Per reports, softened NCAA offers Miami time-served

Celebrate Miami! The drama is finally over! Photo: USA Today Sports

Miami's path to their first ever ACC Championship Game was just given EZ Pass access by the NCAA, an organization battling a negative public image just looking to change the narrative. According to multiple reports Tuesday morning, the NCAA will not impose a bowl ban on the Miami Hurricanes but will strip a small number of scholarships available to the program as the two-year saga and investigation are coming to a close.

As first reported by The Joe Rose Show on 560 WGAM in Miami, Miami will not receive a postseason ban and will lose three scholarships per year from 2014 through 2016, for a total of nine lost scholarships. This information has since been followed up by ESPN's Joe Schad and Bruce Feldman of CBS Sports. Given the suggestions going as far as a death penalty by some two years ago when this report by Yahoo! Sports surfaced, this is pretty much a best-case scenario for the program and university. It has since been reported that Miami has accepted the sanctions and is not expected to appeal.

In addition to the lot scholarships, assistant coaches Clint Hurtt (now with Louisville) and Aubrey Hill (head coach of Miami Carol City High School) were slapped with two-year show causes, which prevent each from coaching college football unless the hiring schools r willing to accept further examination and potential penalties. In addition, former Miami basketball coach Frank Haith (now the head coach at Missouri) has been suspended for five games by the NCAA.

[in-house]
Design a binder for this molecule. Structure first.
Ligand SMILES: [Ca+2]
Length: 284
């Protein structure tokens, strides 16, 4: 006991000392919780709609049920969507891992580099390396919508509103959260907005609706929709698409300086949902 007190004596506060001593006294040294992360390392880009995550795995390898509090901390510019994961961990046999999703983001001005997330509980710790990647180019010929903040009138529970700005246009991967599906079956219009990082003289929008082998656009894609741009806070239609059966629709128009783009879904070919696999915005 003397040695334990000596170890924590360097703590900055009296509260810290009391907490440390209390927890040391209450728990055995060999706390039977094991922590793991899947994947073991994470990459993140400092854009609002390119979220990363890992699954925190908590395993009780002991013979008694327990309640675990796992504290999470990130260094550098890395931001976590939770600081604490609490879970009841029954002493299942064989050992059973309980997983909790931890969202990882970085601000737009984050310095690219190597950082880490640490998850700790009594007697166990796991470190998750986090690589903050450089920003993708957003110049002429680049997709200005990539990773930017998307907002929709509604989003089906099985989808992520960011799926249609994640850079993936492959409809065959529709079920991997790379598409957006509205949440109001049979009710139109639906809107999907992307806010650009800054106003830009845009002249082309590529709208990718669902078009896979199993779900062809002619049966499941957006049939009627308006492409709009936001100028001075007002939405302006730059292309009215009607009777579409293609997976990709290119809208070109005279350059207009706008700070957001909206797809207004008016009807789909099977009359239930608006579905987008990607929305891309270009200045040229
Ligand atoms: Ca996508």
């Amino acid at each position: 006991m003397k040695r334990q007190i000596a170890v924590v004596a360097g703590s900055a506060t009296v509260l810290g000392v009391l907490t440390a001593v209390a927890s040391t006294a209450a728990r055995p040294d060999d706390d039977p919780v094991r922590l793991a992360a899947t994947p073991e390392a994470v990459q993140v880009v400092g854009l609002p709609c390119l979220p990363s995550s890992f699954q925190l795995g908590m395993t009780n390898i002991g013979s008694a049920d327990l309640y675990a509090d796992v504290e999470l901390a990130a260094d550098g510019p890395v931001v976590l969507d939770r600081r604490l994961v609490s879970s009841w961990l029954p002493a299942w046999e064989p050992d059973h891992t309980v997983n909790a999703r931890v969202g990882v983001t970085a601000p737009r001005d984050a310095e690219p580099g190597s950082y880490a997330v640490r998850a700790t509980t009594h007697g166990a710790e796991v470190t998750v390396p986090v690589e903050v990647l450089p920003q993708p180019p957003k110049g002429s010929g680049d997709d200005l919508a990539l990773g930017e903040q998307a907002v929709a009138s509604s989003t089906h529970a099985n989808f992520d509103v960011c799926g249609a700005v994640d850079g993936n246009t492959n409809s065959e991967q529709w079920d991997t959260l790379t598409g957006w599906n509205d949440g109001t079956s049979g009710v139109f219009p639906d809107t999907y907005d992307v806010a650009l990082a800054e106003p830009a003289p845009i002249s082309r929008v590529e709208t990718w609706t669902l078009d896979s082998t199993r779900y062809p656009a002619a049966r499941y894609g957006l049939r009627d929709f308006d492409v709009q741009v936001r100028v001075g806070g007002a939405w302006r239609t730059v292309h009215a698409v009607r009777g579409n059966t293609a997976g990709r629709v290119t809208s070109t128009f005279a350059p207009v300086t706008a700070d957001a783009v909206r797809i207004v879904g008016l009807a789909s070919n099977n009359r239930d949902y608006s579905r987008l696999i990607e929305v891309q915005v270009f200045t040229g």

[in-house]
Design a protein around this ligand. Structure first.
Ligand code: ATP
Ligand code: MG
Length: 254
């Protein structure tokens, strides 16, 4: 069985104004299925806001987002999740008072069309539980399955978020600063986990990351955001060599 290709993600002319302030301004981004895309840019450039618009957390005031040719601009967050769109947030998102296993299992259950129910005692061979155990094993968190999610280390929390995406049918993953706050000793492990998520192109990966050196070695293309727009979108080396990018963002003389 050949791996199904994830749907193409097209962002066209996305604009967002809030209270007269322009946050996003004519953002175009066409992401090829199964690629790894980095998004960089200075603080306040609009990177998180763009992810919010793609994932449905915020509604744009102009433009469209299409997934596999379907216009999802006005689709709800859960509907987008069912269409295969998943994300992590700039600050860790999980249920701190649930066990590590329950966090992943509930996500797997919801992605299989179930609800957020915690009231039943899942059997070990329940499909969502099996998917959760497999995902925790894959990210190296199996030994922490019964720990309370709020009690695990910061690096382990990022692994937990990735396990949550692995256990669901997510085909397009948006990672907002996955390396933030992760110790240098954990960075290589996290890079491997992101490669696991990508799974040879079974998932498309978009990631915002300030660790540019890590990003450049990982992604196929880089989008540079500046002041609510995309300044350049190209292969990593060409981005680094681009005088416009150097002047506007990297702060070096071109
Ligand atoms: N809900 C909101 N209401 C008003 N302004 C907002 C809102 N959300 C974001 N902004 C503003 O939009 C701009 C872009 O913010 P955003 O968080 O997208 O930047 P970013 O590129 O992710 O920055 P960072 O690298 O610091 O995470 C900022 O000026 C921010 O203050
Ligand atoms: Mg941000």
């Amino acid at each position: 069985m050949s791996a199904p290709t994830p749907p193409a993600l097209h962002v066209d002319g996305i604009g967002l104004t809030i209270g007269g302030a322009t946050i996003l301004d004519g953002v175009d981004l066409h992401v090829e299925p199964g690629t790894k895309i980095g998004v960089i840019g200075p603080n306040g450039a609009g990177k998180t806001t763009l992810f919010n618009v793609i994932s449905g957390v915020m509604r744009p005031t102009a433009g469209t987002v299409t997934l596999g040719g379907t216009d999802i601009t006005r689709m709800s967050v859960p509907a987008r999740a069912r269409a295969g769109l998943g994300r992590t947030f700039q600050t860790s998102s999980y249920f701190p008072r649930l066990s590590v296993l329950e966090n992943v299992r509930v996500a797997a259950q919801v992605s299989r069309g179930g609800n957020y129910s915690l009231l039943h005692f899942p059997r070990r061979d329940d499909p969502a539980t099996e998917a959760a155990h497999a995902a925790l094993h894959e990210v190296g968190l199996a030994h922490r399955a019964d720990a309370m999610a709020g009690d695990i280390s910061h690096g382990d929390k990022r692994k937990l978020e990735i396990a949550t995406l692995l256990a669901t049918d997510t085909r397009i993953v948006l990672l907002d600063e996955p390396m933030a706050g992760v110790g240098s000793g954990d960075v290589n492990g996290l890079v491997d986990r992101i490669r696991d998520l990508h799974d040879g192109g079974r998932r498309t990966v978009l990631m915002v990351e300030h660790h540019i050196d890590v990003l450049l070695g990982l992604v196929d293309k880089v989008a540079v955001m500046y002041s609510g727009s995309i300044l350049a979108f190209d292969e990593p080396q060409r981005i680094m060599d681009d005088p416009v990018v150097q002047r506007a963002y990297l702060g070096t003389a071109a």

As the investigation was ongoing, Miami was put in the unfortunate position of having to determine their own postseason status. Rather than put the program in jeopardy, Miami voluntarily withheld their football program from postseason play each of the past two seasons, losing out on three separate postseason games between two potential bowl games and a spot in the 2012 ACC Championship Game (Georgia Tech played in the game with Miami sitting out voluntarily and North Carolina ineligible). Because Miami took it upon themselves to skip the postseason for the past two years, it appears the NCAA, having admitting to screwing up part of their investigation along the way, decided it was fair to offer a time-served sentence as far as postseason eligibility is concerned.

Miami is ranked No. 7 in the initial BCS standings and could be on track for their first appearance in the ACC Championship Game since joining the conference. Regardless of a spot in the conference championship game, Miami can at least look forward to a long-awaited bowl game.

Today also marks the day Miami can finally begin to look forward knowing exactly what is in front of them. Forget the potential postseason scenarios for Miami this season. Now Al Golden and the Hurricanes know exactly what they have to work with. Losing three scholarships per year over the next three recruiting classes is certainly manageable and is far from crippling. Golden and his staff can now meet with recruits and explain exactly what's happening with the program and pitch postseason plans as well. While we may not know how much of a detriment the past two years may have been for Miami, it should certainly be better moving forward.

Kevin McGuire is the managing editor of Crystal Ball Run. Follow McGuire on Twitter,Facebook and Google+.

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About Kevin McGuire

Contributor to's College Football Talk, Athlon Sports and The Comeback. Host of the No 2-Minute Warning Podcast on iTunes, Stitcher Radio and iHeart Radio. FWAA member and Philadelphia-area resident.